Getting the Best out of HDR Photography

Getting the Best out of HDR Photography

Getting the best out of HDR Photography involves knowing how to set up bracketing in your camera and how to use an HDR processor such as Nik HDR Efex or the Merge tool in Adobe Lightroom to blend the photographs together.

What is HDR?

HDR the technique stands for High Dynamic Range and the technique started life as a means of extending the dynamic range of the cameras sensor to include extreme ends of the spectrum.

To put it another way, take any midday in the height of a Spanish summer. You will see very dark shadows and very bright lights. Few camera are able to ‘see’ into the shadows and at the same time retain the information in the lights. Often it becomes a choice between blowing the highlights or crushing the blacks.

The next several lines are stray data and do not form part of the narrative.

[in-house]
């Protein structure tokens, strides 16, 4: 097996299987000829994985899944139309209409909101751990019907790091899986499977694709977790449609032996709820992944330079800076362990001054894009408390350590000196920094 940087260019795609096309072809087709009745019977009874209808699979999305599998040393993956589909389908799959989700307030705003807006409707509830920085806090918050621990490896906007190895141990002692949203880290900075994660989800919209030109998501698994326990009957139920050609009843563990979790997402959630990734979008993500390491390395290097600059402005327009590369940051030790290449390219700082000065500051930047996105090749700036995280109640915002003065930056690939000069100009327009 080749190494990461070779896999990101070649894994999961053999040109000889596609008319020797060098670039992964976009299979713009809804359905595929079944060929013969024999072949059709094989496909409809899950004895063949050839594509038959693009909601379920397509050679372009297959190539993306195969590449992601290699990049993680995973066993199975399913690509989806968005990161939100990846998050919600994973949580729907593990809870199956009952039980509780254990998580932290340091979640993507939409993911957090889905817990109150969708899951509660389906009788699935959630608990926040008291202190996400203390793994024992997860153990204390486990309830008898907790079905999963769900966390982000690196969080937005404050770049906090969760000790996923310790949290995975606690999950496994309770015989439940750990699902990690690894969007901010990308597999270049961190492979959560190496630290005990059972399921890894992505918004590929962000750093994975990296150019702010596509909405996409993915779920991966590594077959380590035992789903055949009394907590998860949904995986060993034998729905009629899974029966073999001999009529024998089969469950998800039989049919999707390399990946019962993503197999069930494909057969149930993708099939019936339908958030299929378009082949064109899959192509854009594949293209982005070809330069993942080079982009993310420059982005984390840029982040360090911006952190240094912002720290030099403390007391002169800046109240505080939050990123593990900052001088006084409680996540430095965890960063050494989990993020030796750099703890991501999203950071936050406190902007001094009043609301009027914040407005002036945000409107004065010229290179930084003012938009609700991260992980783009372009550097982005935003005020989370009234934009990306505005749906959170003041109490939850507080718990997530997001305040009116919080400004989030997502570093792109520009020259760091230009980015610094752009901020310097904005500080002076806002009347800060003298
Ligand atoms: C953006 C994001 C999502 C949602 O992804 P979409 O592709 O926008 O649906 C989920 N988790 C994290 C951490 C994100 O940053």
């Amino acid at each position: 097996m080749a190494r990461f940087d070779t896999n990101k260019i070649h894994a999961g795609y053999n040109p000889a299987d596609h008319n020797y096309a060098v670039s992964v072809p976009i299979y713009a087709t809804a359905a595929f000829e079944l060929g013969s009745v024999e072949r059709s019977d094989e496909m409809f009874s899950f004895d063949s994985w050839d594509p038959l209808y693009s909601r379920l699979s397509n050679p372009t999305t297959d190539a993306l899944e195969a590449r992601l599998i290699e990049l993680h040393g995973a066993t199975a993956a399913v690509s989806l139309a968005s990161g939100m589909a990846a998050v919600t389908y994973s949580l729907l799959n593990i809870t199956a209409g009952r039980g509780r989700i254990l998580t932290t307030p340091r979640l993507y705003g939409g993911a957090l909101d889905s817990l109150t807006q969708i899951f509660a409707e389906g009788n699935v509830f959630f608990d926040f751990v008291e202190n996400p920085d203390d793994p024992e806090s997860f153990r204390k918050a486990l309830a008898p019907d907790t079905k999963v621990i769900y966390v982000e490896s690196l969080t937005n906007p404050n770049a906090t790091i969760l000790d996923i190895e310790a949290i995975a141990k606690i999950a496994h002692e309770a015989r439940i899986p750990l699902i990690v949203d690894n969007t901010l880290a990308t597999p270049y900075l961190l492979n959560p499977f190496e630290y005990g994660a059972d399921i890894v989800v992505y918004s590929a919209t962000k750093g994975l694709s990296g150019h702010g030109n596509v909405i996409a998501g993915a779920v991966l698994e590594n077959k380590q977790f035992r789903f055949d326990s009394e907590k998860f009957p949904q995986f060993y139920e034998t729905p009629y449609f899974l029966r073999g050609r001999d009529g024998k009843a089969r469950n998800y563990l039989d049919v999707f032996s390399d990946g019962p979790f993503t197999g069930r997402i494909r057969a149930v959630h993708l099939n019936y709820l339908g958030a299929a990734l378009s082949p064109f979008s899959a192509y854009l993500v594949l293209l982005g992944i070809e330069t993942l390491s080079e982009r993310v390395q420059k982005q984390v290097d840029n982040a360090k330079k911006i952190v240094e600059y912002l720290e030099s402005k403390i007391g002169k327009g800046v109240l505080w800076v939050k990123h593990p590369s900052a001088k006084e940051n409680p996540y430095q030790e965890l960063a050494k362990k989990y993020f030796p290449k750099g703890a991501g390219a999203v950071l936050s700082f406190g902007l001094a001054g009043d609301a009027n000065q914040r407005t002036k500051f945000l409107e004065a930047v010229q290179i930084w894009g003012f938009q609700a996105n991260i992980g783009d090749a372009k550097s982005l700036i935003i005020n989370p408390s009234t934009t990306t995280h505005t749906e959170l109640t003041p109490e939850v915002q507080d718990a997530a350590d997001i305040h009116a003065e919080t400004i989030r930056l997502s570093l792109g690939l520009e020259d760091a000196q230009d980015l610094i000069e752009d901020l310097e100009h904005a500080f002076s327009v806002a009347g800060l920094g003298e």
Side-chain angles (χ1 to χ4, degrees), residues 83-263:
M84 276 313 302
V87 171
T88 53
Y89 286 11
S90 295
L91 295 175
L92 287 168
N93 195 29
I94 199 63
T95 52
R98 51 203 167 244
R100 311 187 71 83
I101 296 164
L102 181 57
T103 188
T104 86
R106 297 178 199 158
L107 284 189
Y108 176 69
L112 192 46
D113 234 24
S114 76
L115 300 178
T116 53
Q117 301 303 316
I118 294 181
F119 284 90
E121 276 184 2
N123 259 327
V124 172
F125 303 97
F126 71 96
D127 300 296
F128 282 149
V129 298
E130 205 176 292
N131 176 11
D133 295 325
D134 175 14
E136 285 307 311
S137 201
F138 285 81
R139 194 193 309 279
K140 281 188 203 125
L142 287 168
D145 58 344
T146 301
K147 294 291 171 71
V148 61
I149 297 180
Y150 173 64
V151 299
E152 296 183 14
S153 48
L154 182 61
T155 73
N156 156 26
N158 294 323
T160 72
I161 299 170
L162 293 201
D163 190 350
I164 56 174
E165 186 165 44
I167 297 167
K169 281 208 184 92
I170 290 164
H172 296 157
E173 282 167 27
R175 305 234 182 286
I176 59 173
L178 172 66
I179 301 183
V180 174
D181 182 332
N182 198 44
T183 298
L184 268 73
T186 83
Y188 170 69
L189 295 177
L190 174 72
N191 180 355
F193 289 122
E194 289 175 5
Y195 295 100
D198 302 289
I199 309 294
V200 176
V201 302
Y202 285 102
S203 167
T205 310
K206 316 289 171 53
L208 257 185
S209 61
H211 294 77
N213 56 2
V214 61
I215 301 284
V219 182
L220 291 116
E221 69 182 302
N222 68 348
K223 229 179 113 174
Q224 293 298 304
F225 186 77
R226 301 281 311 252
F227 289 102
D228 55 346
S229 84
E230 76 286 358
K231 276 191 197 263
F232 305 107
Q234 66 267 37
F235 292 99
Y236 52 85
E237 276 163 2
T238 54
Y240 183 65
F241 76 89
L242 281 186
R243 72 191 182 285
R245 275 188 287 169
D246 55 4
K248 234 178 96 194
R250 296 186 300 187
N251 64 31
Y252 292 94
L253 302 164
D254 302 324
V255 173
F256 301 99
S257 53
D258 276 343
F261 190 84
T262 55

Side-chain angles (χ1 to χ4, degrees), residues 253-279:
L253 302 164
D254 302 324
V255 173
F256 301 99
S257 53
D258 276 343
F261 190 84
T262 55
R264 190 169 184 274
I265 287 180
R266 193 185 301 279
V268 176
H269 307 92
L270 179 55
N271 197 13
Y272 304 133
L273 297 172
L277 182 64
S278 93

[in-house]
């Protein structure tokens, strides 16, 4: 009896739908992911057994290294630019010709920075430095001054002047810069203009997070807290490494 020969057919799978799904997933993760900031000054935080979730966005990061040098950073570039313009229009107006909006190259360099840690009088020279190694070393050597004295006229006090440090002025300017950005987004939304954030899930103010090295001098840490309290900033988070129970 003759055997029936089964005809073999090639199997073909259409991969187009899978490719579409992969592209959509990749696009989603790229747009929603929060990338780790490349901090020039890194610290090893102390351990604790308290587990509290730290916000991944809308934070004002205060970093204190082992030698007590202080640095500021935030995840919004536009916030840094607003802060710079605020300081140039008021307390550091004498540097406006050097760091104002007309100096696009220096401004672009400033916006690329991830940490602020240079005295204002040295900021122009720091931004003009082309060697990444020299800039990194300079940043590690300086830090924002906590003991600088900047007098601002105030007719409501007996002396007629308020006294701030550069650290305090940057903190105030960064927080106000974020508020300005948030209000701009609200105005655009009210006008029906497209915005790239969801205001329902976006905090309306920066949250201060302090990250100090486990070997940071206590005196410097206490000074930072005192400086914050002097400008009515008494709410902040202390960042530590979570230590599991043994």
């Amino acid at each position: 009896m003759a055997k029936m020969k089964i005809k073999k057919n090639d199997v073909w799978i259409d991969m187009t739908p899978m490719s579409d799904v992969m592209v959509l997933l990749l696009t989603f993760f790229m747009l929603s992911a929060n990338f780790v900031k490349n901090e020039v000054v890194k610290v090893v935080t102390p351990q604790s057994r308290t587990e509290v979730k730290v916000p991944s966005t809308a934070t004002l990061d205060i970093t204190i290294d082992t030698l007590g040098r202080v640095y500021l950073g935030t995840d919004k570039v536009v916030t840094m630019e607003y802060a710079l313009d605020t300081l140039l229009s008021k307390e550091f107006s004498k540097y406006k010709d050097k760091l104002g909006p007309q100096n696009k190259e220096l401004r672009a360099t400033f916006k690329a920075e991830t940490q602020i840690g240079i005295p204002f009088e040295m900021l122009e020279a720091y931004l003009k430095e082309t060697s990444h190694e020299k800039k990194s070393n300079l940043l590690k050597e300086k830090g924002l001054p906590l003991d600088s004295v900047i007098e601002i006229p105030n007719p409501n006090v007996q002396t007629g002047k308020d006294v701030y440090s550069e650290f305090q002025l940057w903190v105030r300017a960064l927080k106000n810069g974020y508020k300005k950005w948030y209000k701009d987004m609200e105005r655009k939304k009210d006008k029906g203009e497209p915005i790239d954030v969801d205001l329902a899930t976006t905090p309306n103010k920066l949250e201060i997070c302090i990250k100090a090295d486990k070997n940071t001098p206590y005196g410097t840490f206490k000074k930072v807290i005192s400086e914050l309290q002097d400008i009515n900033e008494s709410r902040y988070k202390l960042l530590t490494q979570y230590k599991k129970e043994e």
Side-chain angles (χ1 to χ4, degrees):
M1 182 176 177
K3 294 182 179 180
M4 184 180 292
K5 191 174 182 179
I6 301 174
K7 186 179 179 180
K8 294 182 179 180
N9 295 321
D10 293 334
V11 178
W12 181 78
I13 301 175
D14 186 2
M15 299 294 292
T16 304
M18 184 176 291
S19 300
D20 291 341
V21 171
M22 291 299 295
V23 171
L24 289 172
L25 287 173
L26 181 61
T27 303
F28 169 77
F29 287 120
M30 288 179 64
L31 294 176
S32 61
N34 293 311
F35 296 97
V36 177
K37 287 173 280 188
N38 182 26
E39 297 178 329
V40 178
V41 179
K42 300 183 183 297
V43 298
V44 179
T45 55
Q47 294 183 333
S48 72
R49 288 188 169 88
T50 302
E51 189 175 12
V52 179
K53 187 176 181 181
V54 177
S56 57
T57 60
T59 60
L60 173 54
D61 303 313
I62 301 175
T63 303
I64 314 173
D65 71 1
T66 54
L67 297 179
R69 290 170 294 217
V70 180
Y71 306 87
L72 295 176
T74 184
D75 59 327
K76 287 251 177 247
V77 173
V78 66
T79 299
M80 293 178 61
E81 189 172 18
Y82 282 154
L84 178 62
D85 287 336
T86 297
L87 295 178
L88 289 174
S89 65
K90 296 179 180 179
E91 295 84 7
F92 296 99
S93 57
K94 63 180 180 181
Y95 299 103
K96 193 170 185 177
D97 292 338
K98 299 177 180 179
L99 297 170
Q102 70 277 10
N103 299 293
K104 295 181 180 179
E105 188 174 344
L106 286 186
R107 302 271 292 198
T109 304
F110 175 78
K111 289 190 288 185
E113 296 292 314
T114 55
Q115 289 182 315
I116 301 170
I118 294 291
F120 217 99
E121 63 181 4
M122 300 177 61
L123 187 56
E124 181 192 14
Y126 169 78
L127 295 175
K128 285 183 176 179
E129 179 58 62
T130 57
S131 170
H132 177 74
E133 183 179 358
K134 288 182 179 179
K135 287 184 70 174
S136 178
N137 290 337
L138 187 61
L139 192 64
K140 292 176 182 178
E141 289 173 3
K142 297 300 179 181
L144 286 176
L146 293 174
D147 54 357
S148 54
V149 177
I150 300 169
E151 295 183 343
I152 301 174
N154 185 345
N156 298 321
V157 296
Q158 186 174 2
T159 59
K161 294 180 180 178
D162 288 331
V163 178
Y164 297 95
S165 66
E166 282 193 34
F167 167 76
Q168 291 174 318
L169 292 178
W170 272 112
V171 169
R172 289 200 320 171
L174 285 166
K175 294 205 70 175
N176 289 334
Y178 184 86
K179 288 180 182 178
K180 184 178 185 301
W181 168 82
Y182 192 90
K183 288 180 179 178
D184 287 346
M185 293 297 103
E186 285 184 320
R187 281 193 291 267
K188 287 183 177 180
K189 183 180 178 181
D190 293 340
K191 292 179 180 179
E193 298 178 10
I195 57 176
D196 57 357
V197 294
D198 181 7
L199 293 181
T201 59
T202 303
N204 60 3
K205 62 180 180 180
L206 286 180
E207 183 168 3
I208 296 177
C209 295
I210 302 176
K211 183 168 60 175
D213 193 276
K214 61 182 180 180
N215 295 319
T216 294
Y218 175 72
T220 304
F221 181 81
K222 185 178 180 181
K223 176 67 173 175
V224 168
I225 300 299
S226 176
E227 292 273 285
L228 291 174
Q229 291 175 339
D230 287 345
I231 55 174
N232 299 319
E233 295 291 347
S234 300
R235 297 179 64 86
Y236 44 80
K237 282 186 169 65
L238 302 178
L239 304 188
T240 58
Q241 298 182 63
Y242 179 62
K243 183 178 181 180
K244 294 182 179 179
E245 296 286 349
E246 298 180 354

If you take three shots, one exposed for the highlights, another exposed for the darks and a third in the middle, you can use the well exposed darks from one frame, the lights from another and the mids form the third to produce one photograph that has no blown out or crushed areas.

Adobe HDR Gamut

Last year, Adobe introduced an extended color gamut called HDR. Currently not that many consumer screens support this, Apple being an exception, some LG Televisions and Samsung. However the capability is now built into all current versions of Lightroom and Photoshop.